As the trained wobbled its way along the tracks, you wobbled too and with nothing to hold onto given the bags you were carrying, you fell backwards right into someone. You quickly turned around to see a tall guy, about your age, clad in black from head to toe. He looked pretty hot if you were being honest. “Oh my god I’m so sorry I am so sorry I didn’t mean to I-” “Hey don’t worry about it,” the brown haired guy replied. “Oh my g- I’m sorry” you said as you fell into him once again. “Why don’t you hold onto something?” he asked. “Bags,” you shrugged. As the train bustled along, you almost lost your balance again until the nameless guy caught your arm. “I’m so-” “Don’t its fine,” he laughed. “Where are you getting off?” “Ruislip,” you replied, looking up to the map to see that it was another 5 stops away. “Oh same, here give me some of those,” he said, motioning towards your bags. “Um.. okay?” you said, handing over some of your shopping. “I’m Dan by the way” “[Y/N]” Dan. It suited him.
“I guess the alternate universe story isn’t gonna hold, either,” says Deacon, putting his hands behind his head.
“No,” says Danse. “You exhausted that one several days ago. Try the truth, as alien a concept as that might be to you.”
“Oh,” says Deacon. “Nice work, weaving the alien reference in there. I am still hurt, though. For the record.”
The big guy folds his arms, and adopts Serious_Expression_2. That’s a powerful one, and probably should earn him at least a bit of an explanation.
“It’s a long story,” says Deacon, “involving a bottle of Bobrov’s finest and a set of cards. Of course as the responsible adult of the group, I did not partake in any alcohol. No sir. Some elements, however, may have over-indulged. I’m naming no names, though.”
Danse’s head turns to one side, as though he’s heard something behind him. But, deciding it’s not as interesting as the hot naked guy relaxing in his bed (obviously), he returns his attention to Deacon. “How did you get in here?” he says. “I lock the door for a reason.”
“Locking the door,” says Deacon, wiping an imaginary tear from his eye. “That’s adorable.”
“Start talking,” says Danse, “before I march you out into the courtyard as you are.”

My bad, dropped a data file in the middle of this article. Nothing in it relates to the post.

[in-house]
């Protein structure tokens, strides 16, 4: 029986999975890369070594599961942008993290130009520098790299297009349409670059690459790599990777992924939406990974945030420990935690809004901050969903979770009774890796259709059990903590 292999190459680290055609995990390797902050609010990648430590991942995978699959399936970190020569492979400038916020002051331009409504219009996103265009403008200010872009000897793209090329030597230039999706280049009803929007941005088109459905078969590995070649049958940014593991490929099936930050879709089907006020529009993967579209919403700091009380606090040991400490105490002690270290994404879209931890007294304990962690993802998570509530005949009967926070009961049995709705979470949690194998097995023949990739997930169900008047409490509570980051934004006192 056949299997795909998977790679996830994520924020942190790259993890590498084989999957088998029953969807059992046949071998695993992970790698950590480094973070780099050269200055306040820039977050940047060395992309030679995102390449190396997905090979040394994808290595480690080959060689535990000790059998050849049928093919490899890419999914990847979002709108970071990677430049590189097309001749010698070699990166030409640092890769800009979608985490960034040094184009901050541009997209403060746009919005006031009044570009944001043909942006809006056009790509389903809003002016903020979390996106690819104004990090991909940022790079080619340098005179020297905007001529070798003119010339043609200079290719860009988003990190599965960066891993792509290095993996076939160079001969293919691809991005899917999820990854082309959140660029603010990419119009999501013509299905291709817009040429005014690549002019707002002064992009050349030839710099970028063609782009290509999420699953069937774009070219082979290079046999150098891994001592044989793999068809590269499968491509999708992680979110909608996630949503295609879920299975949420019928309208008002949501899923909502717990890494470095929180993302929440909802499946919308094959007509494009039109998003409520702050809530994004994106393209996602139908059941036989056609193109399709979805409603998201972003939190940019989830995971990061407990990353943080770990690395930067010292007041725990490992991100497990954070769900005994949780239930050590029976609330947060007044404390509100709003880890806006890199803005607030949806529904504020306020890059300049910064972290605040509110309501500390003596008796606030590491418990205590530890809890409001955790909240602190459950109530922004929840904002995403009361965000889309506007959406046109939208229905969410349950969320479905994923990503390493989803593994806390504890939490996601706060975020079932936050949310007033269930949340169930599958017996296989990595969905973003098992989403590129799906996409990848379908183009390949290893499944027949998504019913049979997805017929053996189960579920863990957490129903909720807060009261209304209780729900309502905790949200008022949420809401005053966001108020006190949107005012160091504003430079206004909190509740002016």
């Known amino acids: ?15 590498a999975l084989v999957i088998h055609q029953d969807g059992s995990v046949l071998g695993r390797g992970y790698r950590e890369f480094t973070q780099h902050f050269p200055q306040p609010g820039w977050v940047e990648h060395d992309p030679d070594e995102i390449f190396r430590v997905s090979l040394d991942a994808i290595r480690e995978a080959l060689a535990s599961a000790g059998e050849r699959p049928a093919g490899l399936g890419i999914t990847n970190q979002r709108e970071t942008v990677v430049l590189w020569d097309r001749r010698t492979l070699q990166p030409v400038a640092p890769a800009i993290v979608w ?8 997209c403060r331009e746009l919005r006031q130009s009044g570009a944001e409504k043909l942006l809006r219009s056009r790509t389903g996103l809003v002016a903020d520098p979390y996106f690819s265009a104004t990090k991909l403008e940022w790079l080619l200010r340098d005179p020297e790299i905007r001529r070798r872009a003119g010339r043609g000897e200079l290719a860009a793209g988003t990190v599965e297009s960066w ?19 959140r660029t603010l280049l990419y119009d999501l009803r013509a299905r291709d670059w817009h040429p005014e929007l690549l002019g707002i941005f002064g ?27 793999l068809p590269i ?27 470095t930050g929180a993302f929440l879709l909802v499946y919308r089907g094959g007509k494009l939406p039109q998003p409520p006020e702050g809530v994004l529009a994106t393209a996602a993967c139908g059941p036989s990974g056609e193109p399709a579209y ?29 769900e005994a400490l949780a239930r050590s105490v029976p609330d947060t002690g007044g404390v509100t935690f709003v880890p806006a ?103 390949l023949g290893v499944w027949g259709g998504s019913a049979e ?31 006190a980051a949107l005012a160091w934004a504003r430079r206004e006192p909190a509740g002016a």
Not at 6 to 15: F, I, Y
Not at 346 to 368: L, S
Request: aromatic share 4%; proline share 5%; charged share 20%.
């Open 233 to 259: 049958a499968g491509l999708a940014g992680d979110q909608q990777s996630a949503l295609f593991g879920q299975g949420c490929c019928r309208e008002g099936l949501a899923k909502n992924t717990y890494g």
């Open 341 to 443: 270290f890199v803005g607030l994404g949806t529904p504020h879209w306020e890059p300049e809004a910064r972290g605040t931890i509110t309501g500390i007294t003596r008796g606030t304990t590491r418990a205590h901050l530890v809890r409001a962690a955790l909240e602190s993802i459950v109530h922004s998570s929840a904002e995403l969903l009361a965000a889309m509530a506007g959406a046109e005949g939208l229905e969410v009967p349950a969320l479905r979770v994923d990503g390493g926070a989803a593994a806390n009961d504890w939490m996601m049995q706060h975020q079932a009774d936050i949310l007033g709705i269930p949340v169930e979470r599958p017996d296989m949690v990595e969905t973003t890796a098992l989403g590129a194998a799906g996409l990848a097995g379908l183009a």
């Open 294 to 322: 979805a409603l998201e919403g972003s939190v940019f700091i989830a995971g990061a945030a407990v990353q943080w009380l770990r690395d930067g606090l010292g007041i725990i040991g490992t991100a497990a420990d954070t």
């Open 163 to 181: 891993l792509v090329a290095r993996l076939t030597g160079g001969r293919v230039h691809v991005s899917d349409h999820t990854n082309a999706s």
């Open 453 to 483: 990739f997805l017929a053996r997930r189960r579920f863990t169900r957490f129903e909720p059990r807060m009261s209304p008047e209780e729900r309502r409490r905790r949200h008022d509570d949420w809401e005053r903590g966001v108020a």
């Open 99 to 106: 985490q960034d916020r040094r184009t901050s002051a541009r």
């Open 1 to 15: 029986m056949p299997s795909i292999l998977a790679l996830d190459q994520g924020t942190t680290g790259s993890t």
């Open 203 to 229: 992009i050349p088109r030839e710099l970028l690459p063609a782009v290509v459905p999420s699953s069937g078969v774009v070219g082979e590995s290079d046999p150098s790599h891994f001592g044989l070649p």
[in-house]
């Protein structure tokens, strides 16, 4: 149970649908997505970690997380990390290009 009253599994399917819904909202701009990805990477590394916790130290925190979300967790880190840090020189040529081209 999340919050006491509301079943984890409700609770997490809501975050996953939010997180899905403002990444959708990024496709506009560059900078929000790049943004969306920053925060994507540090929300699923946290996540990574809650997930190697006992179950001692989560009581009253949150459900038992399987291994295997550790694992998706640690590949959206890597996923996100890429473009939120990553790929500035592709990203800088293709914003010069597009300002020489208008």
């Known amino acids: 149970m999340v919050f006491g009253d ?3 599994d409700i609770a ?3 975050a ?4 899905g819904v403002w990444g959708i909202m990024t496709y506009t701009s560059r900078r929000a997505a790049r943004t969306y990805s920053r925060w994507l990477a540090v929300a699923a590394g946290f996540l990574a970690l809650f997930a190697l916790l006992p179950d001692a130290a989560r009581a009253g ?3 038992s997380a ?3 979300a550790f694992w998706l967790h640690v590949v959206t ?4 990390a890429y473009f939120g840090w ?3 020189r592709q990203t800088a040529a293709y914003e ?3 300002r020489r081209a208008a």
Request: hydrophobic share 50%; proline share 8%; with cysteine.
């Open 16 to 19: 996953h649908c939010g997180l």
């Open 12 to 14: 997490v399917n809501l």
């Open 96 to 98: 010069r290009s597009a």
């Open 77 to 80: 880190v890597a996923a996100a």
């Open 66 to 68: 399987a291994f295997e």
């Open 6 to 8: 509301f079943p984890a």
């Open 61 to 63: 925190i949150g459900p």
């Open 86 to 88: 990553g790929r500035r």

“Kinky,” says Deacon. In response to the deepening frown, he holds up his hands in a gesture of peace. “Alright, fine. We suggested a game of poker.”
“We?” says Danse.
“There was a group of us,” says Deacon, vaguely waving his hand. “The General said she didn’t know how to play, so we said we’d teach her.”
At this, Danse closes his eyes. A pained expression crosses his face.
“Ohh,” says Deacon. “There’s a story, isn’t there? I knew she was a serial offender. Anyway, long story short, she cleaned us out, in fairly emphatic fashion.”
Then he pulls aside the blanket with a flourish.
Danse slaps a hand over his eyes. “For God’s sake, Deacon.”
“C'mon, Danse,” says Deacon, gesturing toward his boxers. “I’m not that bad at poker. Unlike some.”
This time, whatever noise Danse hears is loud enough for Deacon to detect as well. It’s coming from the wardrobe, set against the opposite wall of the room.
It’s a snort of laughter.
Danse pulls open the door of the wardrobe. Inside stands MacCready, stark naked and with a drunken grin on his face.
“Hi,” says the sniper, somehow managing to slur a two letter word.
“Robert Joseph MacCready,” says Danse, “put some clothes on.”
“Can’t,” hiccups MacCready. “She’s still got ‘em.”
“Well…” Danse starts, and stops, and lets out a sigh. “You’re in a god-damned wardrobe, use your imagination.”
MacCready smiles vacantly.
“Of all the places in the Castle,” says Danse, turning to Deacon, “why my room?”
“It was the obvious choice,” says Deacon, reaching under the bed, pulling out his jeans, and starting to drag them on. “We figured she’d come here eventually.”
A smile creeps onto the side of Danse’s mouth.
Transparent. As previously mentioned.
“And maybe she’d take pity on us and return our clothes,” continues Deacon, swinging his feet to the floor, and into his shoes.
MacCready staggers out of the wardrobe, attempting to button up a shirt that hangs off his small frame like a tent. “Where’s my hat?” he says.
“That was the first thing to go,” Deacon reminds him. “You seemed pretty keen to get rid of it, actually.”
Danse frowns at Deacon. That means he’s thinking. Don’t worry, he’ll work it out soon.
Deacon puts an arm around MacCready’s shoulders. “C'mon, Mac. Let’s get out of here. We know when we’re not wanted, right?”
“Yeah,” says MacCready, leaning heavily against him. “Where’s my hat?”
“Aliens took it,” says Deacon.
“Oh,” says MacCready. “Okay. I better get a new one then.”
“Get out,” says Danse. “Now.”
Out in the corridor, Deacon leans Mac against the doorframe. “Wait there,” he says.
The sniper slides slowly, almost gracefully down it, landing on the floor with a bump. Probably didn’t hurt, though, judging by the serene expression on his face.
Deacon pats him on the head and goes back into the room. “'Scuse me,” he says, reaching past Danse and opening a drawer. He retrieves his t-shirt, and pulls it on over his head, almost dislodging his glasses which would have been really embarrassing. “Can’t believe I nearly forgot that. Comfortable bed, by the way. Might find me in there again, some day.”
“Lose the boxers next time,” says Danse, pushing him out into the corridor.
“Oh,” says Deacon, staring at the door that’s just shut in his face. “Good play. But now it’s really on.”